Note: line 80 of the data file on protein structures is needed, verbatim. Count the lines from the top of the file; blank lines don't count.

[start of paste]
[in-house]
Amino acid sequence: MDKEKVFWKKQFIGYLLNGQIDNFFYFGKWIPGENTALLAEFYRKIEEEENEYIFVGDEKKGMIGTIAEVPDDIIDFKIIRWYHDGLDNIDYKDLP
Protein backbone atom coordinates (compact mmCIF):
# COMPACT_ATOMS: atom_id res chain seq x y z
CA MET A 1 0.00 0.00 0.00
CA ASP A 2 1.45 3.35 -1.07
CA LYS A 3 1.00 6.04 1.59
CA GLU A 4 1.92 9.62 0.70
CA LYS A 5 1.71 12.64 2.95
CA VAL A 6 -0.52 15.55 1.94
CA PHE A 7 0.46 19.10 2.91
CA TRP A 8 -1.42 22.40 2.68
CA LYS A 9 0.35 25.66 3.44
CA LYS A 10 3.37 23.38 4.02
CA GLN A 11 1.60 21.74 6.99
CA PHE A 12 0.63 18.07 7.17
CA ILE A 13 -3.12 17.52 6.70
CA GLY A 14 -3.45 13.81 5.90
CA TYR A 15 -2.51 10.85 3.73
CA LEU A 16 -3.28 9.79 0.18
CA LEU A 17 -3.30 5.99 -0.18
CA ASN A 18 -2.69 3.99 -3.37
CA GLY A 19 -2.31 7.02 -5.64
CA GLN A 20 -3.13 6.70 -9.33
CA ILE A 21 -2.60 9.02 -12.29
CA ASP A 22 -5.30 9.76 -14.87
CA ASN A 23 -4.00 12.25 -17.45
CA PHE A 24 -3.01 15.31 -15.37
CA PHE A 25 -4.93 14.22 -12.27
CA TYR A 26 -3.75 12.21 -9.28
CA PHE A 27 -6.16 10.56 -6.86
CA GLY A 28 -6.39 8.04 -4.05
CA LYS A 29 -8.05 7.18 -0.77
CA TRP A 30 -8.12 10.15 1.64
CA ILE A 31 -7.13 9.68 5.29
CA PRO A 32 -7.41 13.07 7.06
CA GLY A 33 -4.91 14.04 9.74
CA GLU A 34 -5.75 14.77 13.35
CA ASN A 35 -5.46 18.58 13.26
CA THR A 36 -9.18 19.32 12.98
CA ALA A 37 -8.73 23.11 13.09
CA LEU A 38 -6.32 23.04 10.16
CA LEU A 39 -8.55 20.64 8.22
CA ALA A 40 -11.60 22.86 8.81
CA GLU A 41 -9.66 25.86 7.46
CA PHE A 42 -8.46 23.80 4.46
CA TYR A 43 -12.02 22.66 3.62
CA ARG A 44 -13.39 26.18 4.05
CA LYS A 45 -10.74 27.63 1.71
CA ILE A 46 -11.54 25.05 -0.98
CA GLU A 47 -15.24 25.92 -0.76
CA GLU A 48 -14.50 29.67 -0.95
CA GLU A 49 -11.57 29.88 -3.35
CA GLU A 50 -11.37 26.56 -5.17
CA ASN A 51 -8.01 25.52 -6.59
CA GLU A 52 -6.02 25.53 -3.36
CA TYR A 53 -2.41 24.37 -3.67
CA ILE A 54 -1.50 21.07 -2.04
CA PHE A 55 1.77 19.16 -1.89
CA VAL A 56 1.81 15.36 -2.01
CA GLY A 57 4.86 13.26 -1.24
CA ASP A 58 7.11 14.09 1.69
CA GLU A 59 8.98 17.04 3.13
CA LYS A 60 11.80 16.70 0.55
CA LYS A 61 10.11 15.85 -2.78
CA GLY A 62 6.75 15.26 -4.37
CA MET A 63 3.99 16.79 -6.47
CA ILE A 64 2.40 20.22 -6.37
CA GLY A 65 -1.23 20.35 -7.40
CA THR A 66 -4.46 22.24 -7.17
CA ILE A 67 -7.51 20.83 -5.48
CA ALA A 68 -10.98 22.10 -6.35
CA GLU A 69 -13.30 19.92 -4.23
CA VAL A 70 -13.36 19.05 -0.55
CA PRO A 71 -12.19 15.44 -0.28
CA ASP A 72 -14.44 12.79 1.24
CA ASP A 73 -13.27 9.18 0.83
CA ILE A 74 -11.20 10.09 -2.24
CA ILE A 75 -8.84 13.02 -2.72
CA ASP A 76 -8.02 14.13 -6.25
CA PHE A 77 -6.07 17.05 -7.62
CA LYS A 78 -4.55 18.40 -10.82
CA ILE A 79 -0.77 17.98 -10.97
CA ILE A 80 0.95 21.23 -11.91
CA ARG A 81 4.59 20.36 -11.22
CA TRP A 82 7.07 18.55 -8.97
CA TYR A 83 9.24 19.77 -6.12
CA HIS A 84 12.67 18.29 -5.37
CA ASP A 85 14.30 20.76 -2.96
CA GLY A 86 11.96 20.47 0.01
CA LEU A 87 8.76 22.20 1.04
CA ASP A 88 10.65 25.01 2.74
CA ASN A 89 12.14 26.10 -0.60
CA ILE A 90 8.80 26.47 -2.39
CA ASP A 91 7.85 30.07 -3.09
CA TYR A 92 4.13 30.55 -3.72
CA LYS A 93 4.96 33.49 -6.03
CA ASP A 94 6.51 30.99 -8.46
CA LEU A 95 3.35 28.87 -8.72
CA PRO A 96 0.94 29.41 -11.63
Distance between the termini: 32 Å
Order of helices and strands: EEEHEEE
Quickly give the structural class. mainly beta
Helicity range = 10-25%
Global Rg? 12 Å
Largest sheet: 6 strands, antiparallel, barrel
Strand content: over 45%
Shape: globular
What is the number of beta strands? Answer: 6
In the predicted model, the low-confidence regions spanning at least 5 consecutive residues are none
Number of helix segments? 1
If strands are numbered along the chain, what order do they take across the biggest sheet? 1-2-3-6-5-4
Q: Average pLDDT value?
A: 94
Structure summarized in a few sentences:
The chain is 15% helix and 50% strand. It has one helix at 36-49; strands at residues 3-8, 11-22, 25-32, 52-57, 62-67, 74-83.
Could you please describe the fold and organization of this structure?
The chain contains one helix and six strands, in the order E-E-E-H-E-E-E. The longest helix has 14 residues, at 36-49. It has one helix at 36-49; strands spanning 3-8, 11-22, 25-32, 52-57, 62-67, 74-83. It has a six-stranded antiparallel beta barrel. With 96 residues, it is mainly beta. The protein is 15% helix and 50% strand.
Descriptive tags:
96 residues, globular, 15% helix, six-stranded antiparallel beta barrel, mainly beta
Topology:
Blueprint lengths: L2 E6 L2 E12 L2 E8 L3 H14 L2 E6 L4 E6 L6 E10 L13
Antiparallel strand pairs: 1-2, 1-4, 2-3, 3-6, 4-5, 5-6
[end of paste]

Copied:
CA ASP A 76 -8.02 14.13 -6.25